It's been largely assumed that to run a successful business today, good leadership is required. However, it's not the end of the world for leaders who worry that they're low on charisma or traditional leadership qualities. 

Sometimes, it's more effective for employees to be more loyal to the work instead of being more loyal to the leader. After all, the end goal should be to keep employees engaged and productive by charging them to solve compelling problems. And, some leaders become business owners not because they want to run things on their own, but because they believe starting a company is the best way to solve a problem. This approach is part of being a "problem-led" leader, says editor-at-large for Inc. magazine Leigh Buchanan. 

Problem-led leaders typically make their decisions with data-driven information. They also tend to be less polished than other more traditional company leaders. For instance, they don't care much about their physical environments; they can be tone-deaf to politics; emotional intelligence is not their strong suit; and they are unusually tolerant of idiosyncrasies in others. However, this particular style of leadership can be very effective.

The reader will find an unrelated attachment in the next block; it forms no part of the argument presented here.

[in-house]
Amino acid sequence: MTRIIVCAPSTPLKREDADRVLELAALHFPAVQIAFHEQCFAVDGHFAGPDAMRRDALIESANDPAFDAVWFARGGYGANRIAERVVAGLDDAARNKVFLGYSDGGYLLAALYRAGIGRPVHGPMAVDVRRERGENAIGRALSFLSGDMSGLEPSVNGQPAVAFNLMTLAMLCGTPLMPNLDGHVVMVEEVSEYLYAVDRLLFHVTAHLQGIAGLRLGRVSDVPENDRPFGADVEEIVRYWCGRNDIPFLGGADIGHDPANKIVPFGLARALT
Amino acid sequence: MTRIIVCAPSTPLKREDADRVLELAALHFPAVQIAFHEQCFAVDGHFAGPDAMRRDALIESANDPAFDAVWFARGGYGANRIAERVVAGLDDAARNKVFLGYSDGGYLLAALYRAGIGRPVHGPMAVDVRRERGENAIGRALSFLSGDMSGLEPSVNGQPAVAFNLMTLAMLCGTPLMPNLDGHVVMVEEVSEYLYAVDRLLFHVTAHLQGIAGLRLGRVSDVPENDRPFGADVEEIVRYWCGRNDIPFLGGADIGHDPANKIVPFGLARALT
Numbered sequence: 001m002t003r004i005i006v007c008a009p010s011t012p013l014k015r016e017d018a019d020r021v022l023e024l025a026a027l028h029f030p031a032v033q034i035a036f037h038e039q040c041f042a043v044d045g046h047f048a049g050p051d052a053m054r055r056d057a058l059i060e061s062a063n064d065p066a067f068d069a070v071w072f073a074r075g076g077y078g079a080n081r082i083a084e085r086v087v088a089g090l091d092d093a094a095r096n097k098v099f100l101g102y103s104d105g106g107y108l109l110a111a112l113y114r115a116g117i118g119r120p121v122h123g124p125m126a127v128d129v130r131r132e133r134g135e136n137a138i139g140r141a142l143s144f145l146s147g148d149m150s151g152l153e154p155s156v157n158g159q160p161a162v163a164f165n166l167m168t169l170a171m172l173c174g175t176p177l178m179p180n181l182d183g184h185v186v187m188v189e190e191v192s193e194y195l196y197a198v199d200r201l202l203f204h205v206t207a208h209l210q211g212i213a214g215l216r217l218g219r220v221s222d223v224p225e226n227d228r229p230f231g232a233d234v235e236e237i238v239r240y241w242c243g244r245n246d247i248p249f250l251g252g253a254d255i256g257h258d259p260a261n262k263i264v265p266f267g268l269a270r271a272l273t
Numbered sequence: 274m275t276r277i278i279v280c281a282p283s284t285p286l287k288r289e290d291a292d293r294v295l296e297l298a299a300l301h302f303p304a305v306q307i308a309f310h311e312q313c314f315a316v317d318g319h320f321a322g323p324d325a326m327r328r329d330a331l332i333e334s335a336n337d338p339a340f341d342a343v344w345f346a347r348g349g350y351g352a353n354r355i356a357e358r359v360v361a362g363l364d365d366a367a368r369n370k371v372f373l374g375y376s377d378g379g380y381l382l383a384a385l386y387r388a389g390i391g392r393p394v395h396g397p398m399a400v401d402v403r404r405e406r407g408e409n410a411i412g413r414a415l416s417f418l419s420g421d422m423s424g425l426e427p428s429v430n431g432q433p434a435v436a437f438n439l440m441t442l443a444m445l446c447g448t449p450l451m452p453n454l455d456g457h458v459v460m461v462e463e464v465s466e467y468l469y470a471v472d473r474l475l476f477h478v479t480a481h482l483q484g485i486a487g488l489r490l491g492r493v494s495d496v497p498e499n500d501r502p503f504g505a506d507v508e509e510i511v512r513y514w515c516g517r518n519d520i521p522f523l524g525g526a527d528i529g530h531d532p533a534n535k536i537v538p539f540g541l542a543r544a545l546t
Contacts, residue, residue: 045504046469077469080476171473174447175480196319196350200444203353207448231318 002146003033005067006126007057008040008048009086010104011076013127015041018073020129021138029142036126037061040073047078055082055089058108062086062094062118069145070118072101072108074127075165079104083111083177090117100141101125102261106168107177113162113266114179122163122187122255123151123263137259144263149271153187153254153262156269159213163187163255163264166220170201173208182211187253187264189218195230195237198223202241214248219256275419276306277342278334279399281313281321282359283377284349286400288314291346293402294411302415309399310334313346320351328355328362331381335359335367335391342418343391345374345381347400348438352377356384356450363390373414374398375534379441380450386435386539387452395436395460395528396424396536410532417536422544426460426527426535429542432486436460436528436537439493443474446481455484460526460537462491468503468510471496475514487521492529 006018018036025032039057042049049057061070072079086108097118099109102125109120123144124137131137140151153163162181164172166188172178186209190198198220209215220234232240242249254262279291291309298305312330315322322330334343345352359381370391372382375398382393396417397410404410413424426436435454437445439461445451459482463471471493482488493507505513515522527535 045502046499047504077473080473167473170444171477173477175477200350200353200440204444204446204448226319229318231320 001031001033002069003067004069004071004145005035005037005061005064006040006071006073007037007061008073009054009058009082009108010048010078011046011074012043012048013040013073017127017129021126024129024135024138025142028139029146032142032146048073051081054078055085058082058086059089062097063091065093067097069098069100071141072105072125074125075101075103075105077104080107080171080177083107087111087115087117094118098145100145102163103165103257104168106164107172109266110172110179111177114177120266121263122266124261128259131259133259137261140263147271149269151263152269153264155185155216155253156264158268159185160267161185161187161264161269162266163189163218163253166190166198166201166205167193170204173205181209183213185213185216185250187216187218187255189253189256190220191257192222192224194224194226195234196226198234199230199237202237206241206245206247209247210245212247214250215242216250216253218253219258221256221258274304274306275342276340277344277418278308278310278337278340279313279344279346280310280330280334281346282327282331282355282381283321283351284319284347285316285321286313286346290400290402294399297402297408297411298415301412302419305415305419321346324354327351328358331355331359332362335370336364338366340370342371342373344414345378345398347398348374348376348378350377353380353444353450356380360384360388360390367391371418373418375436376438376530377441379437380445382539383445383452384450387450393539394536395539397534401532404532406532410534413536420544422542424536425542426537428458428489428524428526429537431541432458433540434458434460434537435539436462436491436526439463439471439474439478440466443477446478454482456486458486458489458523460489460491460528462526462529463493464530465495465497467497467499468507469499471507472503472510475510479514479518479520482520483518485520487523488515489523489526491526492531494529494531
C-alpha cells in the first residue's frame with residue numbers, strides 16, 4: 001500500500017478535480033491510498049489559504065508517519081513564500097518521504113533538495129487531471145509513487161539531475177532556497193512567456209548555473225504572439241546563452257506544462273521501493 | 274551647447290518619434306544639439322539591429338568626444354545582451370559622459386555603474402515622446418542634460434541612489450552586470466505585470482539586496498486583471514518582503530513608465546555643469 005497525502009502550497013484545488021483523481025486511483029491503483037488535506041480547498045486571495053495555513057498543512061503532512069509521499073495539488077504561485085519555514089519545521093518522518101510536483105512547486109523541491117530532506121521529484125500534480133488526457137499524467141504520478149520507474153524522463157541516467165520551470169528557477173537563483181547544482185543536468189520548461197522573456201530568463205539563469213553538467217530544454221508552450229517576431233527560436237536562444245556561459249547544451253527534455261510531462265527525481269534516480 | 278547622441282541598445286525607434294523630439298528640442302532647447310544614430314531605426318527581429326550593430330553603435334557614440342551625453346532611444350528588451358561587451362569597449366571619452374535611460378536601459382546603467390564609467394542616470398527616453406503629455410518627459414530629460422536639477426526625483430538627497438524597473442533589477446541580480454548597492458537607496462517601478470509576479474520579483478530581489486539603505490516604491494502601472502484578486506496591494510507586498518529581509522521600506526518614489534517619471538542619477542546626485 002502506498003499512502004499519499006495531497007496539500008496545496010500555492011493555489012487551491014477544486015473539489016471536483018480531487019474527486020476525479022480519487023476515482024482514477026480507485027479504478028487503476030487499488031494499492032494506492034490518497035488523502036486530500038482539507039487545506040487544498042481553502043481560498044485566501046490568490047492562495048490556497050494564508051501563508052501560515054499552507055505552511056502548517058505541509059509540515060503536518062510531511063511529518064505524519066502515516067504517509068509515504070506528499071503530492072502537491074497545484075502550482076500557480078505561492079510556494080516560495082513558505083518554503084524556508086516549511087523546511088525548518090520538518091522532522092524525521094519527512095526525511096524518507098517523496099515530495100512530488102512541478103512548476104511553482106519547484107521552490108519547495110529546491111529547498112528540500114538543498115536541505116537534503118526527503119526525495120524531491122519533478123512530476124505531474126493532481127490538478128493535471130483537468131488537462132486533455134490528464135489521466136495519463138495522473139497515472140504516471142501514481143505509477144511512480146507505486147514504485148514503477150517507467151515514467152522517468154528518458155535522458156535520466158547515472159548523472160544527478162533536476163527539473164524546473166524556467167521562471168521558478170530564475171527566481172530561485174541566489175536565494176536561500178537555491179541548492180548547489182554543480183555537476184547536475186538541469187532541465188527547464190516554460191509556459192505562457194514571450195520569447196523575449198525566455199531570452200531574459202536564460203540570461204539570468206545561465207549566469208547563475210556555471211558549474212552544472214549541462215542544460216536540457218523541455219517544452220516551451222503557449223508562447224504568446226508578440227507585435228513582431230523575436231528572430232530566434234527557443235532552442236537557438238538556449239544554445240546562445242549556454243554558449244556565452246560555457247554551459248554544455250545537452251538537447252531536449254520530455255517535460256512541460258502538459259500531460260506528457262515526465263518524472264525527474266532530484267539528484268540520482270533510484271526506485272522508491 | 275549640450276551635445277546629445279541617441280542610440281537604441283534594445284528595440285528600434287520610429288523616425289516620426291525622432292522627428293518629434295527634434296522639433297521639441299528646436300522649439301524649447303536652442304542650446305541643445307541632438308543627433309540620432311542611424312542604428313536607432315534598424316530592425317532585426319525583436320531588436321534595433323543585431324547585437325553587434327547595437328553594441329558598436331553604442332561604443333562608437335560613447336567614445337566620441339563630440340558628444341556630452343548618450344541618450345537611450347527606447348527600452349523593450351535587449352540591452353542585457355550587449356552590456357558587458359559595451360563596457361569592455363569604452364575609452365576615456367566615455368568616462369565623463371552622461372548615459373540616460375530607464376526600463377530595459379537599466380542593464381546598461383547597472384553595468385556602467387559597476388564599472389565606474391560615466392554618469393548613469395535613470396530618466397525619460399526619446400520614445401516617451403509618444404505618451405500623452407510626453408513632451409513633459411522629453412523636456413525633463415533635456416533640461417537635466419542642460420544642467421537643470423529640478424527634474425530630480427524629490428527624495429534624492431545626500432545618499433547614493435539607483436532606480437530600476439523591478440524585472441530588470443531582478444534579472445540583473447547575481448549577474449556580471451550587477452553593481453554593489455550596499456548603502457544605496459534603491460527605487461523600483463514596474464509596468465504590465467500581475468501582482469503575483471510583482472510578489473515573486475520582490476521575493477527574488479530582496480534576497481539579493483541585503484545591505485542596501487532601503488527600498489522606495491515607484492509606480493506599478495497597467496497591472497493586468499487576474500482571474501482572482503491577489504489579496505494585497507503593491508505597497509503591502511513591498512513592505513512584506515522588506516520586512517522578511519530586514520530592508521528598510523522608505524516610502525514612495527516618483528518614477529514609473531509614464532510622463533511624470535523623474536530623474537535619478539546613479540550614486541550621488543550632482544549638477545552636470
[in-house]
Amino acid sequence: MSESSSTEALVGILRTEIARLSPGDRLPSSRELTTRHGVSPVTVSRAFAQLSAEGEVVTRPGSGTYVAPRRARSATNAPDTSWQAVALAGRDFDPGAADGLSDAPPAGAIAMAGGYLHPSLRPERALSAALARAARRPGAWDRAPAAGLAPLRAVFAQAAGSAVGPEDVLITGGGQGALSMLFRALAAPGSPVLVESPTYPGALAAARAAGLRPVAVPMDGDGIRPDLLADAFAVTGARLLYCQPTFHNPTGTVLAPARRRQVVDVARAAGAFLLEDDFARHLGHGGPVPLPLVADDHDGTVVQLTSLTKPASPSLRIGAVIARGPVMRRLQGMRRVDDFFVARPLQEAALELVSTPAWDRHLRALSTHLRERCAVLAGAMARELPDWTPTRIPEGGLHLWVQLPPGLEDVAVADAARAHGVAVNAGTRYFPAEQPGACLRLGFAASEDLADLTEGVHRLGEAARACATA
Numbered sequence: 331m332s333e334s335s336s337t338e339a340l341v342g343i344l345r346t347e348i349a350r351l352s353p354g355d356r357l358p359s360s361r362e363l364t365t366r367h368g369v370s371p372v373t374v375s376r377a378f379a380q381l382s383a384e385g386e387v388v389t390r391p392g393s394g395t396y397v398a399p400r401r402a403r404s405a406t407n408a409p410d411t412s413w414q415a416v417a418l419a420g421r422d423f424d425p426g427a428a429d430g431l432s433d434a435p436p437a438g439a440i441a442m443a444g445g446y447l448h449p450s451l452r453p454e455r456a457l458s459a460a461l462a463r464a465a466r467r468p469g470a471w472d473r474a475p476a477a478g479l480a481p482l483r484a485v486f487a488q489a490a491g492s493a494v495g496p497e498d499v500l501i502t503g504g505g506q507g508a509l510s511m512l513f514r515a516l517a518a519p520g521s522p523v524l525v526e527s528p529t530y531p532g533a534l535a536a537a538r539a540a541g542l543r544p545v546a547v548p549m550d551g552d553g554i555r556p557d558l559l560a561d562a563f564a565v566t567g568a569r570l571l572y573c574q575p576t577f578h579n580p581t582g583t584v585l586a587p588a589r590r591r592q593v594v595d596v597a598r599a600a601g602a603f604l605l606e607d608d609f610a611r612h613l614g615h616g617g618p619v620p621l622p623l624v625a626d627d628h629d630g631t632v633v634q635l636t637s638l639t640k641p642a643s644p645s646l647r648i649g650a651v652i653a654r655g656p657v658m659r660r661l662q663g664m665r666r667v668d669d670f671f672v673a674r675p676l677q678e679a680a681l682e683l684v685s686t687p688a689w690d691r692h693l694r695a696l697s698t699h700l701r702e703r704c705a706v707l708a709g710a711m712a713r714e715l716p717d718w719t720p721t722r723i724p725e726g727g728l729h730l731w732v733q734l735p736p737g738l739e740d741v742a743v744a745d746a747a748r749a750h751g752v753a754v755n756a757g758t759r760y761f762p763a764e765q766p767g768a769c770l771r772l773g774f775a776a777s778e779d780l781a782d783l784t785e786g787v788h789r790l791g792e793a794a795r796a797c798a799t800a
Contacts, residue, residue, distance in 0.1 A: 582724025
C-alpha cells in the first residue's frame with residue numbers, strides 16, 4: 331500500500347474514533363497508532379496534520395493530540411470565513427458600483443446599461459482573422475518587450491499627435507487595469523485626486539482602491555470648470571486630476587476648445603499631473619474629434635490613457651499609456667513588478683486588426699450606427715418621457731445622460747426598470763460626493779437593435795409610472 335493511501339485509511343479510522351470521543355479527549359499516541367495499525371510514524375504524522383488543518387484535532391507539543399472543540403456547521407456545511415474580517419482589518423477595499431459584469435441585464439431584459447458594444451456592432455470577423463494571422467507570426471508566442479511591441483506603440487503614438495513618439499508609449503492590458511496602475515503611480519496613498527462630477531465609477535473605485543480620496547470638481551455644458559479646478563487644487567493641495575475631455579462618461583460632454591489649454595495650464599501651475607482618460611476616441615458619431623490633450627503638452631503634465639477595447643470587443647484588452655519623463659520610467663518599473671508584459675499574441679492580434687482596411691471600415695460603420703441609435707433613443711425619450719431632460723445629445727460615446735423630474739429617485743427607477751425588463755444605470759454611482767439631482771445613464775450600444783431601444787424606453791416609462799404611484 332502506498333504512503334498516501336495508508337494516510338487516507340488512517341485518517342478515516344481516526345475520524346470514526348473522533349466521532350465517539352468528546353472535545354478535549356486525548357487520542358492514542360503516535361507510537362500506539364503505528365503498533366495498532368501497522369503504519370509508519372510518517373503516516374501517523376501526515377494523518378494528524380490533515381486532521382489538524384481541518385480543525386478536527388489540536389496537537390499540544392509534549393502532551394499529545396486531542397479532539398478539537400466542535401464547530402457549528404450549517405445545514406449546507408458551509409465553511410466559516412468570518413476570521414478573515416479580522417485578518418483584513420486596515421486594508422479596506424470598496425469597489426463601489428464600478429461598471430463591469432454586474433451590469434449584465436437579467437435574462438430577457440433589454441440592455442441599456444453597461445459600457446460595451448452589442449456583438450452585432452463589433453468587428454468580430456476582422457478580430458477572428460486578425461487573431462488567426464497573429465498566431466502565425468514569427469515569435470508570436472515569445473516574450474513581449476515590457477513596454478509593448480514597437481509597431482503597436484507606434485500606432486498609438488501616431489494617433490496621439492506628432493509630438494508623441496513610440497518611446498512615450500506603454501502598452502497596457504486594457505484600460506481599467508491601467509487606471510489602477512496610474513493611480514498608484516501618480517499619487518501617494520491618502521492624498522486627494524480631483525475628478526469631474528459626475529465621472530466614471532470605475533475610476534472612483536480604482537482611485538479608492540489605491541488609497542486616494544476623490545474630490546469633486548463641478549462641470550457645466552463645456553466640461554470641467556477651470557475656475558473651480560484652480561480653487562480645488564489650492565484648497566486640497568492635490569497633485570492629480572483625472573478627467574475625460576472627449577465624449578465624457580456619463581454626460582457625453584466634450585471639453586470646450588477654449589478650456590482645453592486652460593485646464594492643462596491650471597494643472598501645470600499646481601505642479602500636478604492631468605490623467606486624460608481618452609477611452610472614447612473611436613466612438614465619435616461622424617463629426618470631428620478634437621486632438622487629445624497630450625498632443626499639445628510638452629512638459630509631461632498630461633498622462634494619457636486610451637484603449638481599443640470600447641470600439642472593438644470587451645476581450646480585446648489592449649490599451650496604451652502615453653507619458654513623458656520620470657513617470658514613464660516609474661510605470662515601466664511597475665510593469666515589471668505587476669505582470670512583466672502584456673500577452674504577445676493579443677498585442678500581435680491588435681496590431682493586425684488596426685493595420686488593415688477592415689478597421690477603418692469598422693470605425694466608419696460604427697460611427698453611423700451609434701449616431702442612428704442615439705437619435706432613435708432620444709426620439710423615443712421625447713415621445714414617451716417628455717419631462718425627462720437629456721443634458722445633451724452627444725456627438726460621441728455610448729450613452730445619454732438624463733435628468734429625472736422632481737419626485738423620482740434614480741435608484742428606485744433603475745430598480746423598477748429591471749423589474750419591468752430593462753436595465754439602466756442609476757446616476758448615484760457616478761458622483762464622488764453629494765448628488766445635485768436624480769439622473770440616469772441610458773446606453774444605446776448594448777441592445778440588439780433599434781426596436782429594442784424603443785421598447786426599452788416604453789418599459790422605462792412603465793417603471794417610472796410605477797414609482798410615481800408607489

The Non-Leading Leader

An owner who wants to problem-solve and lead as little as possible needs employees to take on leadership responsibilities. However, not all employees are interested in becoming traditional leaders. For instance, titles may mean little to them, so motivation must be built into the work itself. Part of the reward is that you get to solve other problems and build a reputation as a problem solver.

It is equally important to keep everyone engaged. That means hiring people with strong diagnostic skills. Asking job applicants how they would approach a specific problem or giving them one to actually solve is one way to do that. 

Communication is Still Key

Problem-led leaders still need to embrace collaborative efforts to succeed. Some of the strongest traditional leaders are committed to diffusing a problem-solving culture among their employees. They ask simple questions and offer help along the way.